In 2001 there was a fatal accident where renovations were being done at the Ferry Building in San Francisco. A construction worker was operating a Toyota forklift moving lumber, and the forklift tipped forwards. An onsite safety foreman, Hilary St. John, ran over and tried to correct the forklift from its rear. But about 5,200 pounds of lumber fell on top of him and he was found dead on the site.
St. John’s family filed a wrongful death claim against Toyota, alleging that the forklift was negligently and defectively designed. Their suit asked for $25 million in compensatory damages. The trial lasted eight weeks and the jury returned a verdict in favor of Toyota.
However before and during the trial, the judge, James McBride, found that Toyota had twice failed to produce forklift design documents. He told jurors that they should conclude that those documents were negative for Toyota. He issued a post-trial order imposing sanctions of $138,984.33 on Toyota; and he granted the plaintiff’s motion for a new trial.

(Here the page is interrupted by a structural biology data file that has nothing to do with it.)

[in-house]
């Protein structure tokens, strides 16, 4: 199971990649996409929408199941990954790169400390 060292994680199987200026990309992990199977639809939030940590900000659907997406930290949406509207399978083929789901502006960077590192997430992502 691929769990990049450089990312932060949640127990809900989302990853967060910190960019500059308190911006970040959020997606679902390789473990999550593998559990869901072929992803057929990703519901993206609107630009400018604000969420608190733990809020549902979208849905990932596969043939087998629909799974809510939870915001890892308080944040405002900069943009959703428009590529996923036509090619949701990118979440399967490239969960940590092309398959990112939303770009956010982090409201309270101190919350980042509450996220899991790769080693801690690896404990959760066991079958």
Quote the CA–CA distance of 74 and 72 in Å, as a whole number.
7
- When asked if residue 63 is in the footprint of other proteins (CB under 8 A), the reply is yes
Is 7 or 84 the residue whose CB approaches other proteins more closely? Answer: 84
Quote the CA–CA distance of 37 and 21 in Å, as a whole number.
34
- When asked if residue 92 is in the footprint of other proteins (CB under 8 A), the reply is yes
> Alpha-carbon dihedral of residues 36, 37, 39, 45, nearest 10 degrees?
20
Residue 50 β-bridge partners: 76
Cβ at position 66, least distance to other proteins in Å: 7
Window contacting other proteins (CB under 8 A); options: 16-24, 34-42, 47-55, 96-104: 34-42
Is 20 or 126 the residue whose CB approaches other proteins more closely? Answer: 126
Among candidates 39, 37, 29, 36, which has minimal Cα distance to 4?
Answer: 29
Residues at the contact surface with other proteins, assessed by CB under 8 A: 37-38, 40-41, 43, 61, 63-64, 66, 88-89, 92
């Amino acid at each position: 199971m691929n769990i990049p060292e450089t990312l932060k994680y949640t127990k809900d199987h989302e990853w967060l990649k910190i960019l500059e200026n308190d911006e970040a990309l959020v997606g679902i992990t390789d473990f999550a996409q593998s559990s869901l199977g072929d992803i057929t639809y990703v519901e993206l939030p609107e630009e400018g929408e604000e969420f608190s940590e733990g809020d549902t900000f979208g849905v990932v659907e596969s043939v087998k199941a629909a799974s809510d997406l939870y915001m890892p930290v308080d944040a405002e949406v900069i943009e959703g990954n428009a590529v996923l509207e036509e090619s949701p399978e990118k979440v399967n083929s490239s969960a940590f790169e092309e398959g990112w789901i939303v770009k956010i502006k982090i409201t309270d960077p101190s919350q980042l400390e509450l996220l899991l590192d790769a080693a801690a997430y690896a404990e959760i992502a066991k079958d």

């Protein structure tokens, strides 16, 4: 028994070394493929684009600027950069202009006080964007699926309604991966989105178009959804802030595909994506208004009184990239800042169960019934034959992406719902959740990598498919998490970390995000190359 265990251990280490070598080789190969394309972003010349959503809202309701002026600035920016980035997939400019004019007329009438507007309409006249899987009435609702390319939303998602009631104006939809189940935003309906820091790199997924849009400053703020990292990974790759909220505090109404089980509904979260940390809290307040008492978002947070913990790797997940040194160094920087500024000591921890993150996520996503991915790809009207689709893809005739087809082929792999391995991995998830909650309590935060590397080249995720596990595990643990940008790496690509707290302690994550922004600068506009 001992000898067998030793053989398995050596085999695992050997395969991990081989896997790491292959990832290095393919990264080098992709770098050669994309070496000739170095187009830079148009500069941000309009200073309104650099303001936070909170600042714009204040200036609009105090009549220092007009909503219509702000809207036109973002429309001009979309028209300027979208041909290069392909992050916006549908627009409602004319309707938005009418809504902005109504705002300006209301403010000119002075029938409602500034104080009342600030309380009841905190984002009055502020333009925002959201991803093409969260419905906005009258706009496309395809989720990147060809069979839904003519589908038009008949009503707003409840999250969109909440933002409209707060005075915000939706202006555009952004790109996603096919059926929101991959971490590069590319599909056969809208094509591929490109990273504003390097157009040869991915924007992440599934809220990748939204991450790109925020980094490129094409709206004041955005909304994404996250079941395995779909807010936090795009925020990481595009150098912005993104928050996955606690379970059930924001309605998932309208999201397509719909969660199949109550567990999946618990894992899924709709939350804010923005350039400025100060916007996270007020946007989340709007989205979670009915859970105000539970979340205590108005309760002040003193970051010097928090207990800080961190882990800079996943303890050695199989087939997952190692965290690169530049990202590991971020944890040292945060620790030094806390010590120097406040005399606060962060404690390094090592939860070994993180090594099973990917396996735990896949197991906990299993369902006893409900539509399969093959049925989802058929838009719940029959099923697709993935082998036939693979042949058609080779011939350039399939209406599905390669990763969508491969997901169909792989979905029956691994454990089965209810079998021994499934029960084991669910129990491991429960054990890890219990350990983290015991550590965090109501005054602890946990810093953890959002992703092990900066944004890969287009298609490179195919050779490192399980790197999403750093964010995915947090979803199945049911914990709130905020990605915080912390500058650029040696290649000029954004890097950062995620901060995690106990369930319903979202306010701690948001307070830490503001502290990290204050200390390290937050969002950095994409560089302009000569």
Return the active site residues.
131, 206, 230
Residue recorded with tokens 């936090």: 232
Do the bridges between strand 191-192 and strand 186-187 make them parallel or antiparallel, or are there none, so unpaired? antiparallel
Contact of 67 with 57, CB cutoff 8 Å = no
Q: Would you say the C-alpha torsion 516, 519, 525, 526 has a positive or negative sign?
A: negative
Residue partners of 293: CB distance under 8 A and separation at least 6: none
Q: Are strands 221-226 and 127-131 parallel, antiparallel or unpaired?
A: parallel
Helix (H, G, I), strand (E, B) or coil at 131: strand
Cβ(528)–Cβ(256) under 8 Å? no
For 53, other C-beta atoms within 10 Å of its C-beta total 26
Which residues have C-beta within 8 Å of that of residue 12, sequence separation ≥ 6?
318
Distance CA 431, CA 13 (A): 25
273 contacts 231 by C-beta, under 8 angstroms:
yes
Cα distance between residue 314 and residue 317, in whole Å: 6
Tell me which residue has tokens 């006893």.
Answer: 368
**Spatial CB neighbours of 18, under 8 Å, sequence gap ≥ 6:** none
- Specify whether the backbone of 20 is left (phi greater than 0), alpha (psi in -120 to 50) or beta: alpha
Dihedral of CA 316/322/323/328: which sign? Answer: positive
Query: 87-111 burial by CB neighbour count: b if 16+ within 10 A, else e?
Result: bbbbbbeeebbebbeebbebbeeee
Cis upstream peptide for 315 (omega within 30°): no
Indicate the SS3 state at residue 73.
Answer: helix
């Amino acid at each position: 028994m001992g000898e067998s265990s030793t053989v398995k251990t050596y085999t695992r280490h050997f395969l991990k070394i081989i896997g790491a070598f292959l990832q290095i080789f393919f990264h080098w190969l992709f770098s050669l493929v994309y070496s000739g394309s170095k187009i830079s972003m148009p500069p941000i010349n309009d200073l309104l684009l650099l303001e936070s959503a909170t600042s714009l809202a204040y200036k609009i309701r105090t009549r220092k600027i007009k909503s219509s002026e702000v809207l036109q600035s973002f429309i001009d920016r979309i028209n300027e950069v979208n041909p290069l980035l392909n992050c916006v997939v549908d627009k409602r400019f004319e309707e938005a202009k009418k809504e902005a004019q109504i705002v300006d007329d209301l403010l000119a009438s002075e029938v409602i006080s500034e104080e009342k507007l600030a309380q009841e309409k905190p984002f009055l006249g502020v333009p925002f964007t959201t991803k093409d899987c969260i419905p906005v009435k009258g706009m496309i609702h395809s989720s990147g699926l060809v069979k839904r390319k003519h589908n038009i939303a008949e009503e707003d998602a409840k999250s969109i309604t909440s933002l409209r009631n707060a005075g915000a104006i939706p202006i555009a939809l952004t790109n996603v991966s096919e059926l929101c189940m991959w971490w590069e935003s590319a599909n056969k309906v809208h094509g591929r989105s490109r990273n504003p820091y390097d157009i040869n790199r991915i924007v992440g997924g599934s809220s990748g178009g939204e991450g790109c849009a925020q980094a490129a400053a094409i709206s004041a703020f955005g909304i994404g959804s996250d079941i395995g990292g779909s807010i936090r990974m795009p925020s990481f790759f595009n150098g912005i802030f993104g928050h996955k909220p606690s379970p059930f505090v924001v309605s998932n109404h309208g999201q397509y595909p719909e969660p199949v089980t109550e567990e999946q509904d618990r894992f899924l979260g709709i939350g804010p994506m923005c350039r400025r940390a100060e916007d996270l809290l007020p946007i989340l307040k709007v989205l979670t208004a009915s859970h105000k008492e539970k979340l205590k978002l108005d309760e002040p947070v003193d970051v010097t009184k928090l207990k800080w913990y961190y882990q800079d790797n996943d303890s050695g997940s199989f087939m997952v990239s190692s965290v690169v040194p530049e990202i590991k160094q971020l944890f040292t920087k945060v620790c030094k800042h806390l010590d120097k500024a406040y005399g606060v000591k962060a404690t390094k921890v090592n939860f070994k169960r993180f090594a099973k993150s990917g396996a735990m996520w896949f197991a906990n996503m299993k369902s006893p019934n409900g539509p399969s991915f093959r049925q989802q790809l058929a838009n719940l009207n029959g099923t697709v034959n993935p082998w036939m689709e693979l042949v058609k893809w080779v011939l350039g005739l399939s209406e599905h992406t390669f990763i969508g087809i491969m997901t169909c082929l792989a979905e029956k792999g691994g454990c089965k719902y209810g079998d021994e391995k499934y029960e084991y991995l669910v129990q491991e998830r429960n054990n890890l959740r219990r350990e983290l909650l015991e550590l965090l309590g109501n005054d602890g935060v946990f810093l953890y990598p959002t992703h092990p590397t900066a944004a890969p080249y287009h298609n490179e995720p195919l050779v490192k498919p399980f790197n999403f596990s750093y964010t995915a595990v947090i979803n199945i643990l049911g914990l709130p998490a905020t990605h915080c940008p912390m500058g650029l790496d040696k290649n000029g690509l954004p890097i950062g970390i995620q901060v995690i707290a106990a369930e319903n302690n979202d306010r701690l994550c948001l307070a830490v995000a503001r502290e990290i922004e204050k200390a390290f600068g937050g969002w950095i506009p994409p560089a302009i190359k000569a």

Toyota appealed this, but the First District Court of Appeal upheld the sanctions and new trial decision. In March, 2008, Toyota’s attorneys asked that Judge McBride be disqualified from retrying the case, and from presiding over any related proceedings. In his disqualification motion, attorney John Ranucci wrote:
“Because Judge McBride has previously expressed comments regarding the integrity and veracity of defendants, an average person on the street might reasonably entertain a doubt that the judge would be able to be impartial.”
Not many people file motions to have a judge thrown off a case. It’s risky, because if you fail, you have now alienated that judge. Judges are supposed to always be fair and impartial, but they’re human too.
This case is now in the Alameda County Superior Court, where Judge Frank Roesch will rule on the disqualification motion. How likely is he to throw one of his peers off a case? No doubt we’ll learn of his decision soon.